The last thing we use ThriveCart for in relation to our workshops is for setting up the coupon code we provide workshop registrants so they can apply the cost of the workshop to Notion Mastery.

An example of a coupon set up in Thrivecart.
An example of a coupon to upgrade from the Capacity Planning workshop to Notion Mastery.


We use ConvertKit to host our workshop-related email sequences (and to send promotional emails and our newsletters!). Each workshop has a related tag (eg. Registered - Capacity Planning Workshop) and a rule that automatically adds a subscriber to the workshop email sequence when the tag is applied.

An example of a rule set up in ConvertKit to automatically send an email sequence when a tag is applied.
When the tag is applied the subscriber is added to the email sequence.

The initial Welcome email sends as soon as the purchase is complete. ThriveCart has built-in behaviour rules that allow us to automatically apply a tag to a subscriber after a purchase.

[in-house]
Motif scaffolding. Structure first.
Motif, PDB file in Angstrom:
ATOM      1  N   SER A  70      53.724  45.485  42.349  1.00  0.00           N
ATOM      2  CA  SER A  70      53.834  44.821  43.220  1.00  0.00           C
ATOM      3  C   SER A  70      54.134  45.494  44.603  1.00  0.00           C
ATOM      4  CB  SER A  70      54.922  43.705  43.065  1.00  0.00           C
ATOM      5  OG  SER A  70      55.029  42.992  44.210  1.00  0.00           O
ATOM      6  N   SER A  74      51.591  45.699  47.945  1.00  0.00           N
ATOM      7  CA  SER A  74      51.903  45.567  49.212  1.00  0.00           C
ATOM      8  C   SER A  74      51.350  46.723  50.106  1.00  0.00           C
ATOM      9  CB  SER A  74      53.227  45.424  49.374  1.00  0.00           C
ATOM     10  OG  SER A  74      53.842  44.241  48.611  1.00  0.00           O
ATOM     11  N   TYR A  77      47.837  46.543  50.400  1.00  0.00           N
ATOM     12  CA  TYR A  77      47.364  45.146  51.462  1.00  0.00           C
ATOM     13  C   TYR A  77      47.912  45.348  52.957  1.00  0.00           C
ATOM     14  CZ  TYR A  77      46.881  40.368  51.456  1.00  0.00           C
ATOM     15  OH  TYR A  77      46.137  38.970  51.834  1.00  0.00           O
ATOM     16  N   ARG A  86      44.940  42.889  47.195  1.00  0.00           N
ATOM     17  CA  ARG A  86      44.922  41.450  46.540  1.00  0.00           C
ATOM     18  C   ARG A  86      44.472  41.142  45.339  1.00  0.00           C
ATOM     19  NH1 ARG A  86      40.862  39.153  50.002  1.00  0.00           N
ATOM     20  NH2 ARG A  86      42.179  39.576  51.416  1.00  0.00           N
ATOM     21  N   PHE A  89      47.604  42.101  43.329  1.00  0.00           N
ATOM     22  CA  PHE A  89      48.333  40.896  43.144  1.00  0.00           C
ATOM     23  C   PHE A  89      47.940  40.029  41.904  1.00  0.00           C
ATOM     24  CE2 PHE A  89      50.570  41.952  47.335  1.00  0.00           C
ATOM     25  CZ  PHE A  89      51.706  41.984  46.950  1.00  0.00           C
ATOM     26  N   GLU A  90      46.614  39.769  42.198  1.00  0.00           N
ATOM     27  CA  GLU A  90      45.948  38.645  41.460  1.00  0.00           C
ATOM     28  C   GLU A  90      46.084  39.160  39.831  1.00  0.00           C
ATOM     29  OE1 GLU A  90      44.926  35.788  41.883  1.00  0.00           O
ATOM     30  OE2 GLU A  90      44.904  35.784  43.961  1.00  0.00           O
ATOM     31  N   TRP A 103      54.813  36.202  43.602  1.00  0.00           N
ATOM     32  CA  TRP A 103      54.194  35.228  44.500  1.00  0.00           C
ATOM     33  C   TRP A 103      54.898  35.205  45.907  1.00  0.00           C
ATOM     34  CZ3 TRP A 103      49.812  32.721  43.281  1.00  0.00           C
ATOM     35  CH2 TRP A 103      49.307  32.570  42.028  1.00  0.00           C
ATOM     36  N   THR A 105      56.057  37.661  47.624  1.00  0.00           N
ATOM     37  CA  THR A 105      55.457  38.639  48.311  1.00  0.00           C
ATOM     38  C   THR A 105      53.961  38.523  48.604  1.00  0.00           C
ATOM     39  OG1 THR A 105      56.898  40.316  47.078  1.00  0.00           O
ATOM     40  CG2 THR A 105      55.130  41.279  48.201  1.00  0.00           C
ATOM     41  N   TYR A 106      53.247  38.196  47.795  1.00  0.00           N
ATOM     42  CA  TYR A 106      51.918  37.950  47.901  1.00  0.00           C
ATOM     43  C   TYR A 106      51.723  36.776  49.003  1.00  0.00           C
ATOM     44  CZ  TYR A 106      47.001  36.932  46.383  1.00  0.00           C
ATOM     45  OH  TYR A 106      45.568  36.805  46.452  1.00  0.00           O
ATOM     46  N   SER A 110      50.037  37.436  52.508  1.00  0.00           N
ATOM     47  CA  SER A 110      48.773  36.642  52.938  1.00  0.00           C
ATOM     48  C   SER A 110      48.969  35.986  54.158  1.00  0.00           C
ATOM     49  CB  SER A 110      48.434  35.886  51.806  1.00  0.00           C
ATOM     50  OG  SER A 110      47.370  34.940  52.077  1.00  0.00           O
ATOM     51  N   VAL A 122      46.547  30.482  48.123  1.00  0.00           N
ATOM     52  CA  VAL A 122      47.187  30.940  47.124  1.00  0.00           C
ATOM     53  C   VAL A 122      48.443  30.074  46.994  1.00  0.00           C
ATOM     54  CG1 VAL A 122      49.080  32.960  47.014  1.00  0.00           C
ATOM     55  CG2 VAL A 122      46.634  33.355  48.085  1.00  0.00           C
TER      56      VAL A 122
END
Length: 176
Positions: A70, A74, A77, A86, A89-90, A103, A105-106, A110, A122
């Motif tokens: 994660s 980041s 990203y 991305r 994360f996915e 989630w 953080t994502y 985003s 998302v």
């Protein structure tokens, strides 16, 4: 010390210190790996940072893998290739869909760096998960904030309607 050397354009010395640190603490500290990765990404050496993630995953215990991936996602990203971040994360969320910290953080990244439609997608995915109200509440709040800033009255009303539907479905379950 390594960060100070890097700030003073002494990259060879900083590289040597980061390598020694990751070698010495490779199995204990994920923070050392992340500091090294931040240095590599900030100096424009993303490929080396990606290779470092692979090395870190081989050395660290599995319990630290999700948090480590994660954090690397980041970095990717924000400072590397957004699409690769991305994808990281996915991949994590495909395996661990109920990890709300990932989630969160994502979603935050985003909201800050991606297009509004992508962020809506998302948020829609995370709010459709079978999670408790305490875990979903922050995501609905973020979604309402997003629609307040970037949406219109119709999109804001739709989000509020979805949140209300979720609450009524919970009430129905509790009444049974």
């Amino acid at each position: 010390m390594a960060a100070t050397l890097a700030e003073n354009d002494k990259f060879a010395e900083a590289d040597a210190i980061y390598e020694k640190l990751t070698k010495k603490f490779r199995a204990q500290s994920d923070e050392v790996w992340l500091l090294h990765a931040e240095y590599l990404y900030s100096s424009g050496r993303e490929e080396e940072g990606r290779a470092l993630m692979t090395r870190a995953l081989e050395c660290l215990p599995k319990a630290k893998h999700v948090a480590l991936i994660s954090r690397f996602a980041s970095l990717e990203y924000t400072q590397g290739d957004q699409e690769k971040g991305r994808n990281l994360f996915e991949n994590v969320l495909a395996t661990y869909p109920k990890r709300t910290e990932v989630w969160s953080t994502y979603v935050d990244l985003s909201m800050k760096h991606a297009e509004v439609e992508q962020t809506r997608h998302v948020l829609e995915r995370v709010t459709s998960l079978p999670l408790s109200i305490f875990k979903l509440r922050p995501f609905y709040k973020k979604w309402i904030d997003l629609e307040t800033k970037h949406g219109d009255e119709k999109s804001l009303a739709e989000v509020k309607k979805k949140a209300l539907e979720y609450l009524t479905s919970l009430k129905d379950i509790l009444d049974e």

The welcome email usually includes:

  • The date and time of the live event (Note: I loved how Jessica Abel included an easy way to convert the workshop time to your local time in her post-registration workshop emails and we’ve started including that, too!)
  • A reminder to add the event to their calendar and instructions for how to do that
  • A reminder to set up their password for the workshop dashboard and instructions for how to do that
  • A link to the workshop dashboard
  • A reminder that they can reply to the email for more support

Beyond the initial welcome email, we also usually send out:

  • An email the week before with information about how to prepare for the workshop.